PIA SA Young Planners Mentoring Program

The SA Division of PIA has a formal mentoring program, which is run through the South Australian Young Planners group (SAYP). The mentoring program is designed to assist young planners to successfully adjust to the workforce and to develop their professional skills.

The program broadly defines mentoring as ‘a mutually beneficial relationship which involves a more experienced person helping a less experienced person to identify and achieve their goals.’

An initiative of the National Young Planners Group, the mentoring program was developed in response to the 2004 PIA National Inquiry into Planning Education and Employment, which recognised a need for a program of this nature which would assist in retaining and supporting young planners in the formative years of their career. South Australia was the first Division to pilot this program in 2006, and it is now run on an annual basis and co-ordinated by the SAYP Committee.

Participation by young planners is voluntary but strongly encouraged because of the benefits they will get out of the mentoring relationship. Mentors are experienced and respected members of the profession who volunteer their time to liaise with a young planner in order to transfer their skills and knowledge.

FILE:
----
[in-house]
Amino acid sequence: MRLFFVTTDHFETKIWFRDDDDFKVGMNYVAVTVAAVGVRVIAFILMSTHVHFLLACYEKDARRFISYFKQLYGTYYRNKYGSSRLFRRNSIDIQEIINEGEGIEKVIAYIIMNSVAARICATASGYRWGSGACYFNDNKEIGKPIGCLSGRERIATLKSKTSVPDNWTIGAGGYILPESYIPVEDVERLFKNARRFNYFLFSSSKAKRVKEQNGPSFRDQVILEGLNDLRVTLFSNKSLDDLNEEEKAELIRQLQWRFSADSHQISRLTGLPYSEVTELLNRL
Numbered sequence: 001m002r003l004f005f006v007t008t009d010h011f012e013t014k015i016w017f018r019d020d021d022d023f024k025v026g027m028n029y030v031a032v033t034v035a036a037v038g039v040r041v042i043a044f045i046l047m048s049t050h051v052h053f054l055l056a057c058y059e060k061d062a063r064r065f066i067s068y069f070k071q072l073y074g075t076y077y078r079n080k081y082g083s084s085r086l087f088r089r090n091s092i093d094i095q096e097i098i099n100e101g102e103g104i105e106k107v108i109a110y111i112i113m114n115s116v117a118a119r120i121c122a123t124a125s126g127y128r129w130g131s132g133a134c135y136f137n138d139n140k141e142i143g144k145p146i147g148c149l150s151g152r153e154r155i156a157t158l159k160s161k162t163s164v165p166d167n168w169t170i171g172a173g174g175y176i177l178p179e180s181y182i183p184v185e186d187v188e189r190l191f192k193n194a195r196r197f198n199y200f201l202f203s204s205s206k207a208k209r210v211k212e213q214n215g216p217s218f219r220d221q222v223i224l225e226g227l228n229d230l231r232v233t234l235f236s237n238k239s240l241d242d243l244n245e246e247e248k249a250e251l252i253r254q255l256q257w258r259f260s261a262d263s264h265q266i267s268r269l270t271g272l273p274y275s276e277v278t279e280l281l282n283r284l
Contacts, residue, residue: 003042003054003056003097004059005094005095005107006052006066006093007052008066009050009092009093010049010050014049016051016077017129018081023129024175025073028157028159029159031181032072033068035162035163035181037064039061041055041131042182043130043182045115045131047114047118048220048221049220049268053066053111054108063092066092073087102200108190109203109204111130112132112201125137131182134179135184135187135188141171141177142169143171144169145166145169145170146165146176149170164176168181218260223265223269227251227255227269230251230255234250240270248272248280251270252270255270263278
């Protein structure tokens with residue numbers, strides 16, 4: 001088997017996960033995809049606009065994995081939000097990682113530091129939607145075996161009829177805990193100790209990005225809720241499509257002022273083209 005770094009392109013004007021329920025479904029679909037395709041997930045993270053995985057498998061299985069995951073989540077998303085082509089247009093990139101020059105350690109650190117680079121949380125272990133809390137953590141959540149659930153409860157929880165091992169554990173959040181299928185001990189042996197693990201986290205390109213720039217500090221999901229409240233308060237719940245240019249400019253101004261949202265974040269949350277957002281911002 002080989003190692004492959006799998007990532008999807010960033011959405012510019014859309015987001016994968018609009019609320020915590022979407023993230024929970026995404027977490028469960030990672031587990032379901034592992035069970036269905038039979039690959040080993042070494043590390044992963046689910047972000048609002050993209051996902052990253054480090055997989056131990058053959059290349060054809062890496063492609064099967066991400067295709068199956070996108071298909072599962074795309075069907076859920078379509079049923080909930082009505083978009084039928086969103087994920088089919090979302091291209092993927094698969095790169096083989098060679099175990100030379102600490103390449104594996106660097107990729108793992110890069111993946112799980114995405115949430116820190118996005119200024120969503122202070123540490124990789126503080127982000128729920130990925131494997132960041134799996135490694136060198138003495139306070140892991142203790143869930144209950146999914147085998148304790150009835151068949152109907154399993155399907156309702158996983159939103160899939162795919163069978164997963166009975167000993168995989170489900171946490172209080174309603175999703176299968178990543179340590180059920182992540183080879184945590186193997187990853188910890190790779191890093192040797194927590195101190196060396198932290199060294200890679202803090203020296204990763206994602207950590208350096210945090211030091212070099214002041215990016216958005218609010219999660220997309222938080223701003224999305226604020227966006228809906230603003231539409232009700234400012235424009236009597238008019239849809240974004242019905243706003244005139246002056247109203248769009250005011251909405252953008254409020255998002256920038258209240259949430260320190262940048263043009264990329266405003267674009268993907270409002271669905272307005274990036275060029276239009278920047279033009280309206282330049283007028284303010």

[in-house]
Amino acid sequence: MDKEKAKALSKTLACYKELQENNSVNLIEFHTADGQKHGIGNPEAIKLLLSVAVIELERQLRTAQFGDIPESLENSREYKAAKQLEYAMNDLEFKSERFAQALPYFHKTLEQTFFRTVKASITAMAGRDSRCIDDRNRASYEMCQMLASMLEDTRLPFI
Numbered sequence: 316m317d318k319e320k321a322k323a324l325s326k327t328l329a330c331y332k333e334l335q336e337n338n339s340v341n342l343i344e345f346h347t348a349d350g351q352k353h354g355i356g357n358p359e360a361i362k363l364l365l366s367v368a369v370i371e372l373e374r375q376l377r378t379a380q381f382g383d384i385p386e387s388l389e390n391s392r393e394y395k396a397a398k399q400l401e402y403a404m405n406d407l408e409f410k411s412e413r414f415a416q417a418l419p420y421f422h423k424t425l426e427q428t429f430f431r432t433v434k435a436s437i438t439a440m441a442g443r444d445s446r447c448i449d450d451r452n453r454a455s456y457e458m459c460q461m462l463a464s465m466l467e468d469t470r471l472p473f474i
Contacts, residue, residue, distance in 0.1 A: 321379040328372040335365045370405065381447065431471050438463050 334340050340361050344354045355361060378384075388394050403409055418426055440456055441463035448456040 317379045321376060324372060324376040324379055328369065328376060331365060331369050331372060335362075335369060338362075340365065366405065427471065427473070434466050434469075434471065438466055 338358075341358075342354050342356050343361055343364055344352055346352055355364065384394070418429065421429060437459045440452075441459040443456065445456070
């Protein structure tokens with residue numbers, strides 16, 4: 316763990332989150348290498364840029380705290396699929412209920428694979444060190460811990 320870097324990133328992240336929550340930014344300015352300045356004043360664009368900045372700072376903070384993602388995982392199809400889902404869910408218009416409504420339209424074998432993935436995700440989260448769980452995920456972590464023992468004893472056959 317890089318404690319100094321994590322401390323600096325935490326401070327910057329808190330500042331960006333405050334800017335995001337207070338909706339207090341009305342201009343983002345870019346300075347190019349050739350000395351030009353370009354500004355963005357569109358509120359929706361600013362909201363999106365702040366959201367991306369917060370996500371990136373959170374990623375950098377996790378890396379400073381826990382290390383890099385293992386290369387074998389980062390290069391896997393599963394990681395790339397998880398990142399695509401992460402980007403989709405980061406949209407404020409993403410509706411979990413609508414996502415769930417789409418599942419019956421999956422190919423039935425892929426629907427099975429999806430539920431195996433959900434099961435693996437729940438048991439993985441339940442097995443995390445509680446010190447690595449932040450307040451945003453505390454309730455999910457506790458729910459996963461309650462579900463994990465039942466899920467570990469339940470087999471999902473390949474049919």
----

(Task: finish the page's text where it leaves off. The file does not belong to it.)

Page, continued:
Mentoring is a two-way process. Both the mentor and the mentee need to commit themselves equally to gain the true benefits that the program offers.

Details about the PIA SA Young Planners Mentoring Program can be found on the PIA SA Division website under Member Services.

Workplace Mentoring

Young planners can also gain knowledge and confidence through interaction with more experienced planners at their workplace. This is generally done by senior officers and may be formal or informal in nature.

Not all Councils are able to provide mentoring. However, where some form of mentoring is available, it can be of considerable value in helping young planners in their new role. Hence, it is recommended that young planners enquire as to whether mentoring is available at their organization or whether it could be provided on an informal basis.

If a mentoring relationship is not possible, young planners are still able to learn from colleagues by being proactive in observing colleagues at work and asking any necessary questions.

The best place to learn good habits in office practice and procedures is to observe more senior planners at work.